We have omitted version 4 because this naming can disrupt familiar users with the .NET Framework, which has been using the 4.x series for a long time. In addition, we clearly wanted to communicate that .NET 5 was the future of the .NET platform.
We also took the opportunity to simplify the names. We thought that if there was only one .NET future, we would not need a clarifying term like Core. The abbreviated name is a simplification and also indicates that .NET 5 has uniform functionality and behavior. Do not hesitate to continue using the .NET Core name if you prefer.
Mono is the original cross-platform implementation of .NET. It was the source of an open source .NET Framework alternative that then went on to target mobile devices as the popularity of iOS and Android devices grew. Mono is the runtime used as part of the Xamarin.
CoreCLR is the runtime used as part of .NET Core. It was primarily designed to support cloud applications, including the largest Microsoft services, and is also used for Windows desktop applications, IoT, and machine learning.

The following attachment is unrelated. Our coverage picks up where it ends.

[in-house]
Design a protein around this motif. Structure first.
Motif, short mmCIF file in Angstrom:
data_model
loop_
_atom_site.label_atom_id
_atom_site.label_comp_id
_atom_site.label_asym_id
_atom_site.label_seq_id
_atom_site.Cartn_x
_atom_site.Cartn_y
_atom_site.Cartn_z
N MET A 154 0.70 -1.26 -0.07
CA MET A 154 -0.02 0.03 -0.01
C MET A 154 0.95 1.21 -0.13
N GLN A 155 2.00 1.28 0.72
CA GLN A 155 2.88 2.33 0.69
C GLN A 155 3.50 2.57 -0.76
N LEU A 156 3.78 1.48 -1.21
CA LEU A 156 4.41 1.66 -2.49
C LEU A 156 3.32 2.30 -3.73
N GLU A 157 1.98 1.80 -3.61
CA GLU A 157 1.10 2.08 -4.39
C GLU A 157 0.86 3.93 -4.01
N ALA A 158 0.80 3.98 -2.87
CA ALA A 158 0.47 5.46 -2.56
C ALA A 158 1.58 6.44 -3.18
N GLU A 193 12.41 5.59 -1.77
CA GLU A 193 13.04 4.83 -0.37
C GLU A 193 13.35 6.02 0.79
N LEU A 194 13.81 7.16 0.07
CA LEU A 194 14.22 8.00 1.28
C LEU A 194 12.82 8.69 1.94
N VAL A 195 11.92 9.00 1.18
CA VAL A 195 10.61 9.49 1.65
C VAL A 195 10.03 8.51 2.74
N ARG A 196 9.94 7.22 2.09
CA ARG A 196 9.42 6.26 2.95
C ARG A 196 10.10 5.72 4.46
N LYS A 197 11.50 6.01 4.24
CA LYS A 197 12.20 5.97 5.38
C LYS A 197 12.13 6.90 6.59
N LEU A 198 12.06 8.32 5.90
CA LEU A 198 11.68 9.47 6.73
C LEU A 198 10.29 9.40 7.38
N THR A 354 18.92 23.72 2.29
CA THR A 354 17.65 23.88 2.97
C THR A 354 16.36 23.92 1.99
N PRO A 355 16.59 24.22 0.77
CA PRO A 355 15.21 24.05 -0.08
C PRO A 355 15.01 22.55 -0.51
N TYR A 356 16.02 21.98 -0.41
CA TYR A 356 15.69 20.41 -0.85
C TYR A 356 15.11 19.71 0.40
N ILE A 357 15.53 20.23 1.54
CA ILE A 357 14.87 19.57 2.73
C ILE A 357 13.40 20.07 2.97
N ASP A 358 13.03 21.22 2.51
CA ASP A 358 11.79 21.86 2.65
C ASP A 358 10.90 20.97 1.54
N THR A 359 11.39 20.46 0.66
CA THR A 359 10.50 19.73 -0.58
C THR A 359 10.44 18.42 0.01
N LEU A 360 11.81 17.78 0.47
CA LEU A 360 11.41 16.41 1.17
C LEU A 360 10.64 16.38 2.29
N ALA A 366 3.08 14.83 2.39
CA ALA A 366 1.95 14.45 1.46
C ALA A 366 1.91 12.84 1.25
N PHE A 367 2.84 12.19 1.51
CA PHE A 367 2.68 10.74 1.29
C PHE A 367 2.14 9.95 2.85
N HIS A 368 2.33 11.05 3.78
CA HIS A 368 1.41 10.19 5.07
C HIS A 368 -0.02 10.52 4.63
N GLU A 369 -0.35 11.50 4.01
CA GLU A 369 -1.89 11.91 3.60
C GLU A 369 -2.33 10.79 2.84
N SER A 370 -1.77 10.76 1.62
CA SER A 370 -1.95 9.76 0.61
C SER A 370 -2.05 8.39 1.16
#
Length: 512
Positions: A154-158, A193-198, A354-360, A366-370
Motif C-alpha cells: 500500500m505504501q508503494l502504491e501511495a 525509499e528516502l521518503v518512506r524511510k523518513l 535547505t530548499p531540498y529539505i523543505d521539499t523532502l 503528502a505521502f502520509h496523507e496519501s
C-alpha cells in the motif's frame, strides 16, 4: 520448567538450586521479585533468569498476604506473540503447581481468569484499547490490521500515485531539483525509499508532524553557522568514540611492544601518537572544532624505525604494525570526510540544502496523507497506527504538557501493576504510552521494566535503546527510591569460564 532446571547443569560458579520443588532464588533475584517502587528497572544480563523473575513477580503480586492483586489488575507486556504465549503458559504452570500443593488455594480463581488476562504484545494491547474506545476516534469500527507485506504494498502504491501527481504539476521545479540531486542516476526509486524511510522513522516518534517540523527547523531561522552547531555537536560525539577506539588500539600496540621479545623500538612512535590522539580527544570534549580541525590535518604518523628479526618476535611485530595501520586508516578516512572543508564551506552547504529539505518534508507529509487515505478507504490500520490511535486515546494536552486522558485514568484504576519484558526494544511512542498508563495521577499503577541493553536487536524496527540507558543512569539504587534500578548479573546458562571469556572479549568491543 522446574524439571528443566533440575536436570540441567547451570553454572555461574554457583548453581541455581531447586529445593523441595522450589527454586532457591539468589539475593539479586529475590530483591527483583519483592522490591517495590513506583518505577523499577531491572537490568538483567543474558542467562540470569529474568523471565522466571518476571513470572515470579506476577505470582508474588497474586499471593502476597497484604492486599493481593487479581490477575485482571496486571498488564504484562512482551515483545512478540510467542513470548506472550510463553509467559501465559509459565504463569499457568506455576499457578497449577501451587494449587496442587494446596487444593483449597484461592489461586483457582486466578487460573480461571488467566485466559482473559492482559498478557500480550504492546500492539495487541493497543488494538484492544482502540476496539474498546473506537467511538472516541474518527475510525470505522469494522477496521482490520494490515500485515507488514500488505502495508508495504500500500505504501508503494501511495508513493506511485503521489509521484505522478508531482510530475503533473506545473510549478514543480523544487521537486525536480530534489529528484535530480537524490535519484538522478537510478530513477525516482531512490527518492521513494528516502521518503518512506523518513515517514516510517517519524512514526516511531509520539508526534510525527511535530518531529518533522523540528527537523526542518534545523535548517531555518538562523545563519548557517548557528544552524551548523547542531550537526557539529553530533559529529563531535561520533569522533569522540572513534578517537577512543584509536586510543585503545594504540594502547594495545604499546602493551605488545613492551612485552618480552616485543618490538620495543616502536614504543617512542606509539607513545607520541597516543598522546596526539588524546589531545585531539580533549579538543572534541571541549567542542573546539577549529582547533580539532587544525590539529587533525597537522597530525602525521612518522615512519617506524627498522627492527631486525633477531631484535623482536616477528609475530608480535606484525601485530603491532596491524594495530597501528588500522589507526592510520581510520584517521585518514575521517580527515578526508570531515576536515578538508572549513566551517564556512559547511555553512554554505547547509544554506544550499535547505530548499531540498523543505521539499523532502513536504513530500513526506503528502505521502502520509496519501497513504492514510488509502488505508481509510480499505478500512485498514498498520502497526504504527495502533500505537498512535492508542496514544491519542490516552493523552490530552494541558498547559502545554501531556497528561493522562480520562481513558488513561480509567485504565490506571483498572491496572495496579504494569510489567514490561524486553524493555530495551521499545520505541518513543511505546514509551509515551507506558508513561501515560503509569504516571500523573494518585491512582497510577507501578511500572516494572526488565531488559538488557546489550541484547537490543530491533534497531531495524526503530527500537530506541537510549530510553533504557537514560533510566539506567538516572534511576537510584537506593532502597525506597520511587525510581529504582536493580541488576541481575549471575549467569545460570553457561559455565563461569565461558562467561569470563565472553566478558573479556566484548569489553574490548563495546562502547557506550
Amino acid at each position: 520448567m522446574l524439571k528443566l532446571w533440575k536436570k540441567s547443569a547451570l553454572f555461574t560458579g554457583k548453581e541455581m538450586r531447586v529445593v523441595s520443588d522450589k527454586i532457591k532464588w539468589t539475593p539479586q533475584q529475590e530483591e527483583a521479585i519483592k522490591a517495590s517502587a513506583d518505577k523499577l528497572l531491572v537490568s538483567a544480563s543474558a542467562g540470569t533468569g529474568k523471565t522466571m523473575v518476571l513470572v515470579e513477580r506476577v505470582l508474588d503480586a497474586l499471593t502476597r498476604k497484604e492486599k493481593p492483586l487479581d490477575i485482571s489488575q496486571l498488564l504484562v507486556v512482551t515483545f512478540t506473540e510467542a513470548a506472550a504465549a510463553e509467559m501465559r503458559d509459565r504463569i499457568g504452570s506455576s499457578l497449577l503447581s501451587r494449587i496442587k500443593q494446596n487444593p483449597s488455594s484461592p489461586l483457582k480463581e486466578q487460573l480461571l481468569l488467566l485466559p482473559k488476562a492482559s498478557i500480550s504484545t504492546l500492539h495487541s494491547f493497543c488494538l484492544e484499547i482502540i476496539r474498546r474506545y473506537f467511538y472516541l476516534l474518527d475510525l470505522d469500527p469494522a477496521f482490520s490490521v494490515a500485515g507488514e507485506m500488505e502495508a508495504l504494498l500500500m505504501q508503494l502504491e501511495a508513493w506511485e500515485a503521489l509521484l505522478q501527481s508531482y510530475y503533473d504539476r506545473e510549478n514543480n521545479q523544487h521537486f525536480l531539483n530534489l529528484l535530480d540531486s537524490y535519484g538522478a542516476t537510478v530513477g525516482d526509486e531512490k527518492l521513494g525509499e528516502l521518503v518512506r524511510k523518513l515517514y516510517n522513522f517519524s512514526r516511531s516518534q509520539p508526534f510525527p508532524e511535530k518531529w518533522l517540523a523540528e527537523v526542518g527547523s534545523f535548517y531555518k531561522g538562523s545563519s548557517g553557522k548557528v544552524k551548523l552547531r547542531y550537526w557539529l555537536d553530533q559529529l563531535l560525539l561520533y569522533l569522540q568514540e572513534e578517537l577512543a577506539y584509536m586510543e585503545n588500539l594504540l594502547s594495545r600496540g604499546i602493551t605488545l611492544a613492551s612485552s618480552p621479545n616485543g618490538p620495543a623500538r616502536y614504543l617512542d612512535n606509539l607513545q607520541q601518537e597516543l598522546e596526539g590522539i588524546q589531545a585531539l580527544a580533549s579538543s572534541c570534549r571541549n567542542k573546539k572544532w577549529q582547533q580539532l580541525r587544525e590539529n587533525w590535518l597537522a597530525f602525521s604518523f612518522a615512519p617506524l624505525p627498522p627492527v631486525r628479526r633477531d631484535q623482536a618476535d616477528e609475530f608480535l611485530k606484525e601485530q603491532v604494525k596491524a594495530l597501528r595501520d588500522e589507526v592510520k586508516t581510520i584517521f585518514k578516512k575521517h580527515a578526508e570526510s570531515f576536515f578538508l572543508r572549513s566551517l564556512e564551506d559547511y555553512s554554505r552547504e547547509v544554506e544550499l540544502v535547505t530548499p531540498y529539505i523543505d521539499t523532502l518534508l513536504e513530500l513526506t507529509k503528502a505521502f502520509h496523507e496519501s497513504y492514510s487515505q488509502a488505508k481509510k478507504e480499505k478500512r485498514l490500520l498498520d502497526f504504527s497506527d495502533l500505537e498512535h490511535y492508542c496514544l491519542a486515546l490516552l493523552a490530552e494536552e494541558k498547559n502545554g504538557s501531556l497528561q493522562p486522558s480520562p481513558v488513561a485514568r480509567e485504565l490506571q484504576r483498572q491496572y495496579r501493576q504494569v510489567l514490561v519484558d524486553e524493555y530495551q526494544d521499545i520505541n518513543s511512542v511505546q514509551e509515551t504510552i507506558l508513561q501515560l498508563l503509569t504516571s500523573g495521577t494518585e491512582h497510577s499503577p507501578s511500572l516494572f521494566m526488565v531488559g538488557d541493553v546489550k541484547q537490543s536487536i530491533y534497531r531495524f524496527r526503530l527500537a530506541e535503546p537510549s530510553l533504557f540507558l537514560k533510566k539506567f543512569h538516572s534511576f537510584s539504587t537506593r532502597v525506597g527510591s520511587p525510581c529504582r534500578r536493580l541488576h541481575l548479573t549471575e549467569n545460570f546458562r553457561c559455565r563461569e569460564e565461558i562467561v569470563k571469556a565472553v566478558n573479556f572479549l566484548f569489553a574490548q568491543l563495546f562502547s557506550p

Together, .NET and Mono runtime environments have many similarities (both of which are .NET runtime environments), but also unique and valuable features. It makes sense to let you choose the desired execution experience. That's why Microsoft is creating direct replacements for CoreCLR and Mono. The publisher plans to simplify things as a build option to choose from different deployment options.